European river cruising offers convenience, good value and great fun
THE air is filled with bubbles. They drift into view through the glass walls of the ship’s lounge, scantly at first but gathering momentum until all we can see are shiny orbs that flash rainbow colours in the low evening sun. Cruise director Isabel Heimann is in the middle of welcoming us on board when a flash mob of Frankfurters armed with bubble blowers assembles on the bridge above us and transforms Germany’s Main River into this whimsical scene. As send-offs go, it’s quite something.
Shortly after the bubble- bath ambush, Avalon Expression departs for Koblenz on its christening voyage north through the World Heritage-listed Rhine Gorge to Cologne and Amsterdam. This is my first river cruise and my initial impressions are surprisingly pleasant and pleasantly surprising. Expression, launched last month as the fifth addition to Avalon’s new fleet of roomier Panorama-class ships, sports the latest look in river cruising. Interiors shun the faux baroque style favoured by daggier lines in favour of modern, muted interiors with not a crystal chandelier in sight.
Its 64 suites make the most of their 19sq m specs. King beds are angled off-centre to take advantage of passing scenery through almost 4m-wide glass walls that slide open to bring the outdoors in. Cabins contain everything cruisers could likely need, including a sofa and desk, a marble-clad bathroom with L’Occitane toiletries, flat-screen television with a 100-strong film library, and free WiFi. And a phalaenopsis orchid, for that homely touch.
River ships must be compact — 135m long, and less than 12m wide — given the constraints of centuries-old locks and low bridges on European waterways, so they are refreshingly boutique by cruise industry standards. Expression caters to a maximum of 166 passengers across three decks. Public areas include two lounges, a tidy gym, a smart restaurant with views from every seat and a sundeck with whirlpool. Then there’s that obligatory cruise ship accessory, the giant chess set. The space feels ample; we spend half our time off the boat anyway.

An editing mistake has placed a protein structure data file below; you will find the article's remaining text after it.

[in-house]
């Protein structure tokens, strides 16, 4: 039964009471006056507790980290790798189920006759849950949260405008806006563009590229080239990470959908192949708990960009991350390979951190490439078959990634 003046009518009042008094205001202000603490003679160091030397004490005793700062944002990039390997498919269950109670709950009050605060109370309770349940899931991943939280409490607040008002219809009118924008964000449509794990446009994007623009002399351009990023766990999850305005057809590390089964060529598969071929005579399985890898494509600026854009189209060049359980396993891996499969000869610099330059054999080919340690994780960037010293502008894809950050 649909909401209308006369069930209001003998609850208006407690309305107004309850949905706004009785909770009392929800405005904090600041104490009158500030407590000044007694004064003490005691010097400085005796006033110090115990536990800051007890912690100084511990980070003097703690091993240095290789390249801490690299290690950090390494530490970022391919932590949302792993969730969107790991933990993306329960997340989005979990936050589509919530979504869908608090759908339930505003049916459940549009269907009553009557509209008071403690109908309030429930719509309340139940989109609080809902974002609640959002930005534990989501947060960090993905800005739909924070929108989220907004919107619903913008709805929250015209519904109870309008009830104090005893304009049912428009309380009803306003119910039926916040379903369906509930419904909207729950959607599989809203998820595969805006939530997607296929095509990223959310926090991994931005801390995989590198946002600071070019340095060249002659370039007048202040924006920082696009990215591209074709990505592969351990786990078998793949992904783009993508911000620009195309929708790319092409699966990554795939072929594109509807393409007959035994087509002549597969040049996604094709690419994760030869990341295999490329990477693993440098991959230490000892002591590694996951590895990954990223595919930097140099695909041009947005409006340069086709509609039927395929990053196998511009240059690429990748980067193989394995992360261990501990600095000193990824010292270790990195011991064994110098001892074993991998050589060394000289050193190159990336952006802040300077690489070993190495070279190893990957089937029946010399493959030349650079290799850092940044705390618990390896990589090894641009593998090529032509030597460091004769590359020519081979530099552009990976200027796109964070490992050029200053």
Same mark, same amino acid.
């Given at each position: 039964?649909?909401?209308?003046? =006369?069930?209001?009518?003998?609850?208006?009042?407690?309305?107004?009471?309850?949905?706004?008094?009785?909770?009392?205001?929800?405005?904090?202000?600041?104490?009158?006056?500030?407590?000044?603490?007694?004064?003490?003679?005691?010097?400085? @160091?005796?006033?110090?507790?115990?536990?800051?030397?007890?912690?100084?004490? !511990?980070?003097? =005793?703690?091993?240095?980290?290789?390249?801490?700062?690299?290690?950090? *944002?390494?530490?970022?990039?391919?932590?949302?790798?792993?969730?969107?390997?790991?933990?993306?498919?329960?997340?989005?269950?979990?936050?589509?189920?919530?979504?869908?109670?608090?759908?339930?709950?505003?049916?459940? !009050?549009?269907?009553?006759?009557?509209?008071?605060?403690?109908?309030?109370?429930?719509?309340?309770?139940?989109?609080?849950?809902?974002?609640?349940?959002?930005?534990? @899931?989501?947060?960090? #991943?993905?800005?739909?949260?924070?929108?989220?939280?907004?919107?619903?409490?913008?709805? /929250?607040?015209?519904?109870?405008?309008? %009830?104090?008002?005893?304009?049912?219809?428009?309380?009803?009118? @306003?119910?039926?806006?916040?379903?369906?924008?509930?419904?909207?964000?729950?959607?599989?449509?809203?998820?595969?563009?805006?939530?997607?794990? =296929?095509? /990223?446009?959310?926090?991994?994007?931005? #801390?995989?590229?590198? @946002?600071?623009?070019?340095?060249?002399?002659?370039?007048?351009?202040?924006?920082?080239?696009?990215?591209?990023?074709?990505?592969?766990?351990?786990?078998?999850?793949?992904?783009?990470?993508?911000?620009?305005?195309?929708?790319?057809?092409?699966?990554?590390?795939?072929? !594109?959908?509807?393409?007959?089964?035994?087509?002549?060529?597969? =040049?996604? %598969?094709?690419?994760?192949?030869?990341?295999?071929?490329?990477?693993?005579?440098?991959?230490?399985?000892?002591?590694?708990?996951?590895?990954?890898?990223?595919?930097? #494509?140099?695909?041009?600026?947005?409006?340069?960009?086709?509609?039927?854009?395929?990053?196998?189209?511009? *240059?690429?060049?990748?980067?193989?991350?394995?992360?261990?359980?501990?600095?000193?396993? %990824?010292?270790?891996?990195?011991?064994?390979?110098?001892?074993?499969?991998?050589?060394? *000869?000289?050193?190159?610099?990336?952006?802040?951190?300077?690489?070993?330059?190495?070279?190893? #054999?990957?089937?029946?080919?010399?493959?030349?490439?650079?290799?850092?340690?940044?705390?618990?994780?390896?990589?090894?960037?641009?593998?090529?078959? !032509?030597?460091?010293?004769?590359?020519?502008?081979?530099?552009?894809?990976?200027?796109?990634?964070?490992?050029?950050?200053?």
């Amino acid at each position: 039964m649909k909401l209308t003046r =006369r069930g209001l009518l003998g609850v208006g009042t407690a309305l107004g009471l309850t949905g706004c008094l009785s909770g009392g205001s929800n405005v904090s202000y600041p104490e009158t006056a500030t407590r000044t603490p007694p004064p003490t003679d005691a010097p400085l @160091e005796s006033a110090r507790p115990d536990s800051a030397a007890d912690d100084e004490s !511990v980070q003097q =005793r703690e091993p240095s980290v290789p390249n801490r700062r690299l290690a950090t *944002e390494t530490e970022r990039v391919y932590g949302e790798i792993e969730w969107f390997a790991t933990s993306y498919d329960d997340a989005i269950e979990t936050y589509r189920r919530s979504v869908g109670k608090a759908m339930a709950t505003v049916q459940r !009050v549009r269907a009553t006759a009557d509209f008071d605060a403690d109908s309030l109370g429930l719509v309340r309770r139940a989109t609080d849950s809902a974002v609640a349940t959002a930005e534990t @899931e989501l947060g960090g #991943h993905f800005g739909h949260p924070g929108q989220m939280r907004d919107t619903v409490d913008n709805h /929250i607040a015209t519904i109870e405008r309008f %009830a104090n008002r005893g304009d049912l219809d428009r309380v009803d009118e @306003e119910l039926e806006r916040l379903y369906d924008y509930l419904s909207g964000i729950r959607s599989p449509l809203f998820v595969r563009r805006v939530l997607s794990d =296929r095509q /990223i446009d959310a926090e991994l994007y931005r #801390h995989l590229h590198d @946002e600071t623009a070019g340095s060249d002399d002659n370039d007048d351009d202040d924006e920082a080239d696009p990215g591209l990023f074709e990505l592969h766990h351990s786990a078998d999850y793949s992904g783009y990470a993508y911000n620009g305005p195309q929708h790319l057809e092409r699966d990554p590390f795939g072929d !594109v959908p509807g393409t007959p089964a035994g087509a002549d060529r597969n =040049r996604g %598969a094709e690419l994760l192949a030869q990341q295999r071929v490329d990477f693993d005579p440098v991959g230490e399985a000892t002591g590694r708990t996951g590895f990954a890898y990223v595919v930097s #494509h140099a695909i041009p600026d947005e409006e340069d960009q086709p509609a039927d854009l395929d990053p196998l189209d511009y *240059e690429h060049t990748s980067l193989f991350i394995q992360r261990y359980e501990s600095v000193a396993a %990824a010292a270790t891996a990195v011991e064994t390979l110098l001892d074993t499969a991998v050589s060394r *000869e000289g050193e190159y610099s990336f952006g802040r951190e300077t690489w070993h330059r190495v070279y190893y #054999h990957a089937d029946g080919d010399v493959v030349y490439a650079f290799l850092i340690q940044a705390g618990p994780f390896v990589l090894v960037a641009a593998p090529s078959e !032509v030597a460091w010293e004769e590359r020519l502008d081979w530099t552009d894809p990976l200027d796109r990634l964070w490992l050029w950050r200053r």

The charming and efficient Heimann is our de facto tour leader. Her nightly ‘‘love letter’’ details the next day’s adventures and usually involves a map and useful tips. Cruisers can opt in or out. Ships pull up right in the heart of cities, like floating hotels with impeccable locations, so DIY exploring is as easy as stepping ashore.
Our first morning’s itinerary reads like a list of things I had hoped never to do. Ride a toy train the short distance from our mooring into the half-timbered township of Rudesheim. Visit Siegfried’s Mechanical Music Cabinet Museum. Drink a liqueur coffee crowned with whipped cream. At 10am.
Instead, I set off on foot along the riverbank beneath pollarded planes and blossoming chestnuts. It is a beautiful morning — bright, sunny, becoming warm and a Fahrt mit der Kabinenbahn, a cable-car ride, seems the ideal way to enjoy it.
Gliding above the riesling vines in silence and sunshine, over hillsides striped gold with wildflowers, sets off a tic at the corners of my mouth that unravels into a full-blown smile. It stays there, stuck to my face, all day.
It’s there as I’m admiring the triumphal Niederwald monument, a 32-tonne bronze figure of Germania, flanked by statues of war and peace, erected at the top of the hill above Rudesheim in 1883 to mark German unification in 1871.
It’s definitely still there in the afternoon as we sail the Upper Middle Rhine Valley with its 40 fairytale castles and fortresses and model medieval villages unfurling around every bend. I really should be paying more attention to Heimann’s broadcast commentary, but there are friendships to be forged among fellow passengers, and the staff are insisting we sip wine spritzers en route. So together we spend a blissful few hours on the sundeck as castle keeps and church spires glide by, the remarkable Rhine Valley alternately narrowing and widening, just like our eyes.
Passengers tend to dine exclusively on board, given the cruise price includes all meals and wine with dinner. Fortunately for us, chef Michel Baptiste, a Brit with Grenadan heritage, and his team of eight do a creditable job in the kitchen. Apart from one experimental evening of shared plates and matched wines that feels too much like a clumsy attempt to be trendy, the regular fourcourse dinners are standouts.
One evening, against a backdrop of ever-changing impressionistic landscapes, we feast on wild garlic soup with toasted raisin bread (an inspired pairing) and oxtail croquettes with truffle and foie gras mousse. Highlights of our final night’s dinner include an earthy ‘‘cappuccino’’ of wild mushrooms, excellent New Zealand lamb and the mandatory baked alaska parade during which the entire complement of crew does a lap of the dining room, to applause from passengers.
Each day brings new delights. At Koblenz, where the Rhine and Moselle rivers meet, we join the locals for a Sunday session on sun-drenched terraces beside the storied rivers. On an outing to Cochem, entertaining local guide Marie-Louise Otto leads us through its cobbled ancient quarter to Reichsburg Castle, a folly of turrets and towers and pointy slate roofs that shimmers above the Moselle like a dream come true.